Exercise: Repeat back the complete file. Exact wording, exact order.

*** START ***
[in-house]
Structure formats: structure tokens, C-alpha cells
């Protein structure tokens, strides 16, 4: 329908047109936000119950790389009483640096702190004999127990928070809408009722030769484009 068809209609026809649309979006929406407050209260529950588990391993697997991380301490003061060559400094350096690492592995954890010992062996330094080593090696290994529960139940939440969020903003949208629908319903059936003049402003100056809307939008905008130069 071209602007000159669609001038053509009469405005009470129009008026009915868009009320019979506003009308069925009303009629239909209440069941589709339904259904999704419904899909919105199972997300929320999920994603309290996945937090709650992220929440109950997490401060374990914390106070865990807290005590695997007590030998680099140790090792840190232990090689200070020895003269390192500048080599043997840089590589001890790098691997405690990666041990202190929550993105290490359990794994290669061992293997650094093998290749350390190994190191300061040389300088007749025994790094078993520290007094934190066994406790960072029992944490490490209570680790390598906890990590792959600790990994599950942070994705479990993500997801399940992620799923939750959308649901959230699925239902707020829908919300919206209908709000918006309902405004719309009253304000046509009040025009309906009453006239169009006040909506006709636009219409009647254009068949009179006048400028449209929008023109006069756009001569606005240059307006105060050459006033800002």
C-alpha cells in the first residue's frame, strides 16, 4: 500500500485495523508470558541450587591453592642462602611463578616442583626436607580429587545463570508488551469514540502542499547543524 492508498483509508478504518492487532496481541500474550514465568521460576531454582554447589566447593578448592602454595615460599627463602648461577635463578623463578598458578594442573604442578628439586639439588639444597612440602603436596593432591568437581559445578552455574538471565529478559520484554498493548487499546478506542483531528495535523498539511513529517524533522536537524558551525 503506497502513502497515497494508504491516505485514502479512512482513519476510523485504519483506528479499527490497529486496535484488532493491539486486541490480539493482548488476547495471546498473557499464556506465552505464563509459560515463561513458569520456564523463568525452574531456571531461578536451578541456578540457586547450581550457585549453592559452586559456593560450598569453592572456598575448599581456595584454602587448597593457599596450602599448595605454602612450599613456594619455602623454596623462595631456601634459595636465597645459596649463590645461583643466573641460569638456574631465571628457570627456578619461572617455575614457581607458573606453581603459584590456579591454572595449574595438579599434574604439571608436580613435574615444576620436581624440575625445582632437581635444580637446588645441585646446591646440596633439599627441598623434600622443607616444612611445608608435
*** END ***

[in-house]
Structure formats: structure tokens, C-alpha cells
């Protein structure tokens, strides 16, 4: 329908047109936000119950790389009483640096702190004999127990928070809408009722030769484009 068809209609026809649309979006929406407050209260529950588990391993697997991380301490003061060559400094350096690492592995954890010992062996330094080593090696290994529960139940939440969020903003949208629908319903059936003049402003100056809307939008905008130069 071209602007000159669609001038053509009469405005009470129009008026009915868009009320019979506003009308069925009303009629239909209440069941589709339904259904999704419904899909919105199972997300929320999920994603309290996945937090709650992220929440109950997490401060374990914390106070865990807290005590695997007590030998680099140790090792840190232990090689200070020895003269390192500048080599043997840089590589001890790098691997405690990666041990202190929550993105290490359990794994290669061992293997650094093998290749350390190994190191300061040389300088007749025994790094078993520290007094934190066994406790960072029992944490490490209570680790390598906890990590792959600790990994599950942070994705479990993500997801399940992620799923939750959308649901959230699925239902707020829908919300919206209908709000918006309902405004719309009253304000046509009040025009309906009453006239169009006040909506006709636009219409009647254009068949009179006048400028449209929008023109006069756009001569606005240059307006105060050459006033800002």
C-alpha cells in the first residue's frame, strides 16, 4: 500500500485495523508470558541450587591453592642462602611463578616442583626436607580429587545463570508488551469514540502542499547543524 492508498483509508478504518492487532496481541500474550514465568521460576531454582554447589566447593578448592602454595615460599627463602648461577635463578623463578598458578594442573604442578628439586639439588639444597612440602603436596593432591568437581559445578552455574538471565529478559520484554498493548487499546478506542483531528495535523498539511513529517524533522536537524558551525 503506497502513502497515497494508504491516505485514502479512512482513519476510523485504519483506528479499527490497529486496535484488532493491539486486541490480539493482548488476547495471546498473557499464556506465552505464563509459560515463561513458569520456564523463568525452574531456571531461578536451578541456578540457586547450581550457585549453592559452586559456593560450598569453592572456598575448599581456595584454602587448597593457599596450602599448595605454602612450599613456594619455602623454596623462595631456601634459595636465597645459596649463590645461583643466573641460569638456574631465571628457570627456578619461572617455575614457581607458573606453581603459584590456579591454572595449574595438579599434574604439571608436580613435574615444576620436581624440575625445582632437581635444580637446588645441585646446591646440596633439599627441598623434600622443607616444612611445608608435